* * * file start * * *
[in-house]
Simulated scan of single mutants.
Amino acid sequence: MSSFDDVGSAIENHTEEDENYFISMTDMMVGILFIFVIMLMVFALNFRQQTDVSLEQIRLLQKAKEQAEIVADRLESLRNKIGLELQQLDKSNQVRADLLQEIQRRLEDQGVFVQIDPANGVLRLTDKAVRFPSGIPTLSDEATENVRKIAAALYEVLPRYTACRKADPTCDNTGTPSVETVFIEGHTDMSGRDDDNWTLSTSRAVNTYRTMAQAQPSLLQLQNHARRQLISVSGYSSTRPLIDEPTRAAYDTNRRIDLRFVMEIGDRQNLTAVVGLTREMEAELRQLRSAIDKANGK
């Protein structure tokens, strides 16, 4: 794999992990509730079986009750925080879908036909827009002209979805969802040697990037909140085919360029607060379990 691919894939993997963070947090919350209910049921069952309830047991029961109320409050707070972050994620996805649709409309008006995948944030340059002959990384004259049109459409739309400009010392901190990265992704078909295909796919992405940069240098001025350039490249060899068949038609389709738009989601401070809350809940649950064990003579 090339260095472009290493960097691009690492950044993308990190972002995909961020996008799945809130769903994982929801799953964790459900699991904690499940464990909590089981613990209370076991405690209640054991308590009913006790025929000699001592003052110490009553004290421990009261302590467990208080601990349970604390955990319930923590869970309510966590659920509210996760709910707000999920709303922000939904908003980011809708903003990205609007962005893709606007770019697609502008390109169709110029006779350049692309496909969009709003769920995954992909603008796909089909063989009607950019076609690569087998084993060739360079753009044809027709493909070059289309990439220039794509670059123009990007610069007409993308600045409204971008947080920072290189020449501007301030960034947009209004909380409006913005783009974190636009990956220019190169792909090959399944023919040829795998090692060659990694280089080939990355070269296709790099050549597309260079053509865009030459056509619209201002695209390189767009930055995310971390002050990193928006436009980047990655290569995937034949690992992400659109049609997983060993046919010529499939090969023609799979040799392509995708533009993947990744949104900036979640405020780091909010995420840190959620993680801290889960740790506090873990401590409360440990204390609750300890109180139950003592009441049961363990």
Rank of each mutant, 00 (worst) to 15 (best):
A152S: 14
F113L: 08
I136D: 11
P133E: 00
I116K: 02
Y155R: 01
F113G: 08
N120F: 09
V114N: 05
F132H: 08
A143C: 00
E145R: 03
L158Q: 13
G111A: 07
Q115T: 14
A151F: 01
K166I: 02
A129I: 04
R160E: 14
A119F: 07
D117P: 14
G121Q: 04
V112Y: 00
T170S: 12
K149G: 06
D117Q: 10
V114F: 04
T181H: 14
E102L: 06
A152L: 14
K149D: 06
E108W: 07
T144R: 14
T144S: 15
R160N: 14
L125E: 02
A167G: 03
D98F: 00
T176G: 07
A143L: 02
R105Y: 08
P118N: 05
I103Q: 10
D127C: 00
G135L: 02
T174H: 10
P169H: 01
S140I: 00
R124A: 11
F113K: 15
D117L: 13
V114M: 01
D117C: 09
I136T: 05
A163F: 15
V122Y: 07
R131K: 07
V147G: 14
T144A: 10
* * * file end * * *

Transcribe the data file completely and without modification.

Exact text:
[in-house]
Simulated scan of single mutants.
Amino acid sequence: MSSFDDVGSAIENHTEEDENYFISMTDMMVGILFIFVIMLMVFALNFRQQTDVSLEQIRLLQKAKEQAEIVADRLESLRNKIGLELQQLDKSNQVRADLLQEIQRRLEDQGVFVQIDPANGVLRLTDKAVRFPSGIPTLSDEATENVRKIAAALYEVLPRYTACRKADPTCDNTGTPSVETVFIEGHTDMSGRDDDNWTLSTSRAVNTYRTMAQAQPSLLQLQNHARRQLISVSGYSSTRPLIDEPTRAAYDTNRRIDLRFVMEIGDRQNLTAVVGLTREMEAELRQLRSAIDKANGK
């Protein structure tokens, strides 16, 4: 794999992990509730079986009750925080879908036909827009002209979805969802040697990037909140085919360029607060379990 691919894939993997963070947090919350209910049921069952309830047991029961109320409050707070972050994620996805649709409309008006995948944030340059002959990384004259049109459409739309400009010392901190990265992704078909295909796919992405940069240098001025350039490249060899068949038609389709738009989601401070809350809940649950064990003579 090339260095472009290493960097691009690492950044993308990190972002995909961020996008799945809130769903994982929801799953964790459900699991904690499940464990909590089981613990209370076991405690209640054991308590009913006790025929000699001592003052110490009553004290421990009261302590467990208080601990349970604390955990319930923590869970309510966590659920509210996760709910707000999920709303922000939904908003980011809708903003990205609007962005893709606007770019697609502008390109169709110029006779350049692309496909969009709003769920995954992909603008796909089909063989009607950019076609690569087998084993060739360079753009044809027709493909070059289309990439220039794509670059123009990007610069007409993308600045409204971008947080920072290189020449501007301030960034947009209004909380409006913005783009974190636009990956220019190169792909090959399944023919040829795998090692060659990694280089080939990355070269296709790099050549597309260079053509865009030459056509619209201002695209390189767009930055995310971390002050990193928006436009980047990655290569995937034949690992992400659109049609997983060993046919010529499939090969023609799979040799392509995708533009993947990744949104900036979640405020780091909010995420840190959620993680801290889960740790506090873990401590409360440990204390609750300890109180139950003592009441049961363990």
Rank of each mutant, 00 (worst) to 15 (best):
A152S: 14
F113L: 08
I136D: 11
P133E: 00
I116K: 02
Y155R: 01
F113G: 08
N120F: 09
V114N: 05
F132H: 08
A143C: 00
E145R: 03
L158Q: 13
G111A: 07
Q115T: 14
A151F: 01
K166I: 02
A129I: 04
R160E: 14
A119F: 07
D117P: 14
G121Q: 04
V112Y: 00
T170S: 12
K149G: 06
D117Q: 10
V114F: 04
T181H: 14
E102L: 06
A152L: 14
K149D: 06
E108W: 07
T144R: 14
T144S: 15
R160N: 14
L125E: 02
A167G: 03
D98F: 00
T176G: 07
A143L: 02
R105Y: 08
P118N: 05
I103Q: 10
D127C: 00
G135L: 02
T174H: 10
P169H: 01
S140I: 00
R124A: 11
F113K: 15
D117L: 13
V114M: 01
D117C: 09
I136T: 05
A163F: 15
V122Y: 07
R131K: 07
V147G: 14
T144A: 10